One of the informative panels at the Stepping Up Matters Conference on April 22 was Board Leadership and Board Dynamics: How Boards Lead in Difficult Times, moderated by Barbara S. Miller, Senior Partner, Management Solutions for Nonprofit Organizations and co-chair of the Board Leadership Project of Governance Matters.
The panelists were:
Jo Anne Page, President and CEO, The Fortune Society
Julie Horowitz, Board member, The Fortune Society
Jeanne Bergman, Consultant and co-chair of the Board Leadership Project
Michael Davidson, Principal and Board Coach, and board chair of Governance Matters.
The panel focused on the lessons to be learned from The Fortune Society, as the board and executive director responded to the challenges of reduced operational funding in the midst of a major capital expansion.
Jeanne Bergman grounded the discussion with a description of Governance Matters' Board Leadership Project (BLP), which surveyed dozens of organizations for exemplary board leadership, and then did intensive case studies of 14 boards.
The BLP found that, while boards always have an obligation to govern, at critical moments, they must also step up and lead. Such times are typically periods of crisis, growth, and transition.
When individual board members, and boards as a whole, respond to these urgent opportunities by partnering with staff to provide strategic vision and mission-driven priority-setting, their organizations are likely to emerge from the crisis stronger and more effective. By supporting executive staff, who may face painful reductions in service and staff, and maintaining a long-range focus, the board can keep the organization on an even keel.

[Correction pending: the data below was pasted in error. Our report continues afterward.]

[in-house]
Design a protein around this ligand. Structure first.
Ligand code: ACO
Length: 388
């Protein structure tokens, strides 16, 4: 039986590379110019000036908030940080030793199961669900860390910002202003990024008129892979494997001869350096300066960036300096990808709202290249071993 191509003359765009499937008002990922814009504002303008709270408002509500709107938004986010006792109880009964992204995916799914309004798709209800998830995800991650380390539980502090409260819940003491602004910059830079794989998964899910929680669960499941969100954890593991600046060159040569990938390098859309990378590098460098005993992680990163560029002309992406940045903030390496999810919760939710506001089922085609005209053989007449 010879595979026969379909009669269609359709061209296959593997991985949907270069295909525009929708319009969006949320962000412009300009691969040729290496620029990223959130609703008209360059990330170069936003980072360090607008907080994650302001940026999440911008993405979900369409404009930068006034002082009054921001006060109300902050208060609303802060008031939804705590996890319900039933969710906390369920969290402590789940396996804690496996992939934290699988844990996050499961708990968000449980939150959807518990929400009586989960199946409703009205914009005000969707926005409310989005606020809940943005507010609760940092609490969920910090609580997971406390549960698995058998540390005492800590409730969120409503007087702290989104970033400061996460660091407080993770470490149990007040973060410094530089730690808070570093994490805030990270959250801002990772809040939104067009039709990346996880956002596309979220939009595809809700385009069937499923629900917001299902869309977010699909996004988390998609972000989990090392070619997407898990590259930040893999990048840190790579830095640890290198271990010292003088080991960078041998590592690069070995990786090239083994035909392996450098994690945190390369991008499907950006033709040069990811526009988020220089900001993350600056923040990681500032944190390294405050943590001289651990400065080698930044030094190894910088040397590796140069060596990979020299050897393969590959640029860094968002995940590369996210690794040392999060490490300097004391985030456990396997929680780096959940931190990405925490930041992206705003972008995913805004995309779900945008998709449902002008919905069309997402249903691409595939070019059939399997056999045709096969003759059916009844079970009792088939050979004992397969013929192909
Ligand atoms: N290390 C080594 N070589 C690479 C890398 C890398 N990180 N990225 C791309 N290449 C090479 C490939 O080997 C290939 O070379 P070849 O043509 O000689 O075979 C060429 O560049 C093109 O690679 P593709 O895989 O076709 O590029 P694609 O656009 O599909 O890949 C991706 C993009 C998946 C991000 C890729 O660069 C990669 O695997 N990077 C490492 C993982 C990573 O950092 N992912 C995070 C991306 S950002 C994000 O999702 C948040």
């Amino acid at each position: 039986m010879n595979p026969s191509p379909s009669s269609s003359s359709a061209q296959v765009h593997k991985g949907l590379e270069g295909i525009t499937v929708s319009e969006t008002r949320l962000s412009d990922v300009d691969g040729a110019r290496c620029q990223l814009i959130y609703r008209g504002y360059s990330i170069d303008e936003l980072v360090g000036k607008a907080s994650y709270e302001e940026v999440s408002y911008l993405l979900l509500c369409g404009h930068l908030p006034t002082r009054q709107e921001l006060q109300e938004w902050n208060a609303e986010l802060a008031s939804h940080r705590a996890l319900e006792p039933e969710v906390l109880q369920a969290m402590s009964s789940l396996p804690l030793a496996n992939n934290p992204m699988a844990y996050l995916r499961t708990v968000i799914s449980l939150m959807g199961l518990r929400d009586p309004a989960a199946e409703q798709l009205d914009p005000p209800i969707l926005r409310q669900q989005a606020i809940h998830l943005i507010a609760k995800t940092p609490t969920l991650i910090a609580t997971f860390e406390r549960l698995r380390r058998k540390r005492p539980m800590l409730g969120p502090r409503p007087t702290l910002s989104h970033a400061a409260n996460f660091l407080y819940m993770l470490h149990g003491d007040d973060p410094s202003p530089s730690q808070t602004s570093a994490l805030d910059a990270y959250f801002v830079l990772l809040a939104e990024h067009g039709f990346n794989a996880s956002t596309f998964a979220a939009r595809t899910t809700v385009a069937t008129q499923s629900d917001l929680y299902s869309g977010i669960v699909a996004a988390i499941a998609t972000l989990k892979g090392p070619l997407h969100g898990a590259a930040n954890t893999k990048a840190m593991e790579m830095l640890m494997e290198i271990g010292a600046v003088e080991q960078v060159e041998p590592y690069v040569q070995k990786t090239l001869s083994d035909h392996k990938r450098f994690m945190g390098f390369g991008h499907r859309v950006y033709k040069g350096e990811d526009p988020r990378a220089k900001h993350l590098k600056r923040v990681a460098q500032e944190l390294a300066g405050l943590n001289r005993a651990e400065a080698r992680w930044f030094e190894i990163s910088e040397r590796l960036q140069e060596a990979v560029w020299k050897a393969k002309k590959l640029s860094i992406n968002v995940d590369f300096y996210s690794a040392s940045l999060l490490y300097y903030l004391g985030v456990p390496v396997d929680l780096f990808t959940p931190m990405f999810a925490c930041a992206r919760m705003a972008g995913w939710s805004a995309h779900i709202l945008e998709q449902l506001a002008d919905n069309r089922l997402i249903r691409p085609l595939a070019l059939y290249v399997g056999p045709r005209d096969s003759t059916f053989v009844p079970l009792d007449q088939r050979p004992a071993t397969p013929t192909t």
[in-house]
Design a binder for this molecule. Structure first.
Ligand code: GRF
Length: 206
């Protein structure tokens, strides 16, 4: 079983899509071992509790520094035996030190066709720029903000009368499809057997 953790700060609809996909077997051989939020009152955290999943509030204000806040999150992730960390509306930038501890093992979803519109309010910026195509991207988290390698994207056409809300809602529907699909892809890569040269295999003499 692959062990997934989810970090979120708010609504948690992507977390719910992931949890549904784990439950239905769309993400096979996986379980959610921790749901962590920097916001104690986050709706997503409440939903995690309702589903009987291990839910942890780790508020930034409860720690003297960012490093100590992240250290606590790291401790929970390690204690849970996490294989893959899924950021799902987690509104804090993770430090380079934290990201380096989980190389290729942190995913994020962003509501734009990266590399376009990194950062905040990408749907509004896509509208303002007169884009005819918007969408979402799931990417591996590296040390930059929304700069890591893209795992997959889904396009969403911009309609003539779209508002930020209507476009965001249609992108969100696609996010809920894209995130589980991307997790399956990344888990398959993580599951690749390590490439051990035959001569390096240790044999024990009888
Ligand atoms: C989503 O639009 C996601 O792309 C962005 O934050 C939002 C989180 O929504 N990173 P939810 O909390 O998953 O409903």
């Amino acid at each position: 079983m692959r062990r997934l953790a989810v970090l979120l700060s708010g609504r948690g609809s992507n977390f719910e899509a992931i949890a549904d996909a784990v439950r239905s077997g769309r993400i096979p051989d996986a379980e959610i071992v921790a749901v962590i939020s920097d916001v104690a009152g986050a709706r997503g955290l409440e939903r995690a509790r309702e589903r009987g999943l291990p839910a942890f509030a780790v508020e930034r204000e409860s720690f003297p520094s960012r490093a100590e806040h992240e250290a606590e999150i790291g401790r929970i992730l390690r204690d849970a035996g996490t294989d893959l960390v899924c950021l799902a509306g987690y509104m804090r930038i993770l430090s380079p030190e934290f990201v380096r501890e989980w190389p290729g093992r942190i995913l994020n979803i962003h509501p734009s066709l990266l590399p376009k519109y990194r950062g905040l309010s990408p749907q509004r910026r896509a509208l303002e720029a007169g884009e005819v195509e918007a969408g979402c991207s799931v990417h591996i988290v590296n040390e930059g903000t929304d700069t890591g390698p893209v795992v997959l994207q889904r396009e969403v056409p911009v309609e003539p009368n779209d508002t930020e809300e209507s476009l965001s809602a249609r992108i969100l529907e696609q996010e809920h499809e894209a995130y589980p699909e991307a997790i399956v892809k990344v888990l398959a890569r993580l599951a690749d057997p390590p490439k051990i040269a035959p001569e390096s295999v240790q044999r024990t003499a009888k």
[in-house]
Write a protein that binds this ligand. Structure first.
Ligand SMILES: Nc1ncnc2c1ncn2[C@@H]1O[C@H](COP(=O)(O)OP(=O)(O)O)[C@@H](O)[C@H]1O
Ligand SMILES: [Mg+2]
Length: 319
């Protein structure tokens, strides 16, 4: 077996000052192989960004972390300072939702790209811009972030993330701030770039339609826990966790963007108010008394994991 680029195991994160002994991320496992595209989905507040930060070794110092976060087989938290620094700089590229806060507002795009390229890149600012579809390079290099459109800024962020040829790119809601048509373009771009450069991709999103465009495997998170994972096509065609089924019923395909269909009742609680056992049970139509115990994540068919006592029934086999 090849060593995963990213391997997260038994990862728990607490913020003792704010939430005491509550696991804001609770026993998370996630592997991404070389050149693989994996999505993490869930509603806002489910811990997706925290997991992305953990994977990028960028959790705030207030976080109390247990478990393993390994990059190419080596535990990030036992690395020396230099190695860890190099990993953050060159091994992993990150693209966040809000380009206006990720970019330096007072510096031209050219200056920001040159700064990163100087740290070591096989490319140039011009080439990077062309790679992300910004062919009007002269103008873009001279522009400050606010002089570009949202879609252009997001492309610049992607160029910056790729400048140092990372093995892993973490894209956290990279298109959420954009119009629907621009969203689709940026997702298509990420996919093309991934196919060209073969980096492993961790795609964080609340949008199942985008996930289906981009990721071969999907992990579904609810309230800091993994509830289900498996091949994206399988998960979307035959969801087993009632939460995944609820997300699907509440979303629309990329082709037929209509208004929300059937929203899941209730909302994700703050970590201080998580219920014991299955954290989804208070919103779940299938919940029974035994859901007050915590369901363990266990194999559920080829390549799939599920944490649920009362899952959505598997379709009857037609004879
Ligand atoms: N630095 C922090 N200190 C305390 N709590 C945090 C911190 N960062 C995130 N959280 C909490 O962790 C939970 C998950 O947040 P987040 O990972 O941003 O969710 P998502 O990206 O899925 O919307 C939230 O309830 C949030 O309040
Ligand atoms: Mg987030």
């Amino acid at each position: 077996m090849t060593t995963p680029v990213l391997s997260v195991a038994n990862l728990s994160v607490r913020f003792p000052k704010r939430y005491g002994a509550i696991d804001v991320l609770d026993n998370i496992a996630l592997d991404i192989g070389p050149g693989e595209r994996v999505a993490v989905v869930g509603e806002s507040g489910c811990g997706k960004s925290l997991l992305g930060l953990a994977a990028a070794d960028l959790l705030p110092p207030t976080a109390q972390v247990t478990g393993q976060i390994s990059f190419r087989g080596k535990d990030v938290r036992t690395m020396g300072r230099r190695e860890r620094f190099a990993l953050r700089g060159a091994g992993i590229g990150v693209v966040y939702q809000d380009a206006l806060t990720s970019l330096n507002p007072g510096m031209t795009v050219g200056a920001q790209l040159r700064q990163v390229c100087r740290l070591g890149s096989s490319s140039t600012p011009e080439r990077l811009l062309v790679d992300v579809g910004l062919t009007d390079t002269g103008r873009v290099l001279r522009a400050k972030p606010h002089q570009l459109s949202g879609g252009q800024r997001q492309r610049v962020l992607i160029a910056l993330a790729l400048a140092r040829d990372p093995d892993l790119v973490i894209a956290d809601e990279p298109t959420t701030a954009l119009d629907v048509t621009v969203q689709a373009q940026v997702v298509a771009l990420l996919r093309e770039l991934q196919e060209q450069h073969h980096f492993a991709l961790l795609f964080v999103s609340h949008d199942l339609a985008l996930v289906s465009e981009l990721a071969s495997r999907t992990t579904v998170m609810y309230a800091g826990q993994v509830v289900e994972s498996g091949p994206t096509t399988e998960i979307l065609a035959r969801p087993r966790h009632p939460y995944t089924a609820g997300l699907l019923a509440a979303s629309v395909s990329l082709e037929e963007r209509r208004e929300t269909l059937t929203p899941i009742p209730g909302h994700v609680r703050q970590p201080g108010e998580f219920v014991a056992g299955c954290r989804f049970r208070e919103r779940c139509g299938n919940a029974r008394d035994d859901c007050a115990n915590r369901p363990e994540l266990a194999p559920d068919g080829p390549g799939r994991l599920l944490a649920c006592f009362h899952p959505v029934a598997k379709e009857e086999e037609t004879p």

The current economic crisis tests our findings, and we see no difference: board leadership can be a critical element in organizational survival and growth. This is a time when boards need to cut deadwood, streamline procedures, and eliminate make-work.
Julie Horowitz , who has been on the board of The Fortune Society for about one year, described how she was welcomed onto and became deeply engaged in the work of the board.
The recruitment process
Her interview with Jo Anne Page and Betty Rauch, the board chair, was like a good job interview. They were interested in her experience, skills and interests, and introduced her to The Fortune Society by inviting her to attend a client meeting where she directly experienced the organizational values of honesty and transparency. She felt she was being treated like a potential funder.
She was quickly offered opportunities to engage: work on committees, deliver a staff workshop, invite friends to events, and meet with the development staff.
Julie's first board meeting included an impassioned discussion of a controversial policy. She was fascinated by the different perspectives expressed and how comfortable the members of the board were in being open and honest.
She left feeling that she wanting to continue to be a part of their conversation. Equally appealing was the call she received from Jo Ann Page, who wanted to know if Julie had any questions or concerns about the debate she had observed.
Jo Ann Page described how she and the board chair created the environment that Julie has found so engaging and that enabled this very diverse board (50% of its members are formerly incarcerated persons), to successfully address questions of organizational sustainability.